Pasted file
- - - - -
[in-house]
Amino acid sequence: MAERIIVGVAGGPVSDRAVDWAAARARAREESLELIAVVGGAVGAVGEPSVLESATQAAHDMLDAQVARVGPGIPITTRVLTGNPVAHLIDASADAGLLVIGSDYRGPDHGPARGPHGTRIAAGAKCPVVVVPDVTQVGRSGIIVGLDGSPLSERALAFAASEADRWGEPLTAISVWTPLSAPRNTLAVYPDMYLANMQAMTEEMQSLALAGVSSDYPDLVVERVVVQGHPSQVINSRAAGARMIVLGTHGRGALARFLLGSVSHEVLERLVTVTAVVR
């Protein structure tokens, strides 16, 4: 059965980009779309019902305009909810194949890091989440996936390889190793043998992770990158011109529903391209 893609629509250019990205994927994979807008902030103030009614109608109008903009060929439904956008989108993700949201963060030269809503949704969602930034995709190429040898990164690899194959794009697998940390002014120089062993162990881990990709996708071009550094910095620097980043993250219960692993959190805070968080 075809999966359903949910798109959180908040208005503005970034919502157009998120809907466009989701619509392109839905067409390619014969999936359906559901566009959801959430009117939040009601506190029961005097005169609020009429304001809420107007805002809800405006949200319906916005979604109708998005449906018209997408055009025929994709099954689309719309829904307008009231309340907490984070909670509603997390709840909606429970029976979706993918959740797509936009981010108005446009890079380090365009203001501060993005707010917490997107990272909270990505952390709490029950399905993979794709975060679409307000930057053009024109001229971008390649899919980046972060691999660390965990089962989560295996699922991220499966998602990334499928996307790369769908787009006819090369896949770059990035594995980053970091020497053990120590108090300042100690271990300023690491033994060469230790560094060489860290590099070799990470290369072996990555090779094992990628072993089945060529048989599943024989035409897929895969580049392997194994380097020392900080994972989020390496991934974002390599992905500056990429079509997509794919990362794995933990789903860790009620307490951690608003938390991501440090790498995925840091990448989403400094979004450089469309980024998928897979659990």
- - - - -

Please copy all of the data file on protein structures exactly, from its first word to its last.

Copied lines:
[in-house]
Amino acid sequence: MAERIIVGVAGGPVSDRAVDWAAARARAREESLELIAVVGGAVGAVGEPSVLESATQAAHDMLDAQVARVGPGIPITTRVLTGNPVAHLIDASADAGLLVIGSDYRGPDHGPARGPHGTRIAAGAKCPVVVVPDVTQVGRSGIIVGLDGSPLSERALAFAASEADRWGEPLTAISVWTPLSAPRNTLAVYPDMYLANMQAMTEEMQSLALAGVSSDYPDLVVERVVVQGHPSQVINSRAAGARMIVLGTHGRGALARFLLGSVSHEVLERLVTVTAVVR
């Protein structure tokens, strides 16, 4: 059965980009779309019902305009909810194949890091989440996936390889190793043998992770990158011109529903391209 893609629509250019990205994927994979807008902030103030009614109608109008903009060929439904956008989108993700949201963060030269809503949704969602930034995709190429040898990164690899194959794009697998940390002014120089062993162990881990990709996708071009550094910095620097980043993250219960692993959190805070968080 075809999966359903949910798109959180908040208005503005970034919502157009998120809907466009989701619509392109839905067409390619014969999936359906559901566009959801959430009117939040009601506190029961005097005169609020009429304001809420107007805002809800405006949200319906916005979604109708998005449906018209997408055009025929994709099954689309719309829904307008009231309340907490984070909670509603997390709840909606429970029976979706993918959740797509936009981010108005446009890079380090365009203001501060993005707010917490997107990272909270990505952390709490029950399905993979794709975060679409307000930057053009024109001229971008390649899919980046972060691999660390965990089962989560295996699922991220499966998602990334499928996307790369769908787009006819090369896949770059990035594995980053970091020497053990120590108090300042100690271990300023690491033994060469230790560094060489860290590099070799990470290369072996990555090779094992990628072993089945060529048989599943024989035409897929895969580049392997194994380097020392900080994972989020390496991934974002390599992905500056990429079509997509794919990362794995933990789903860790009620307490951690608003938390991501440090790498995925840091990448989403400094979004450089469309980024998928897979659990």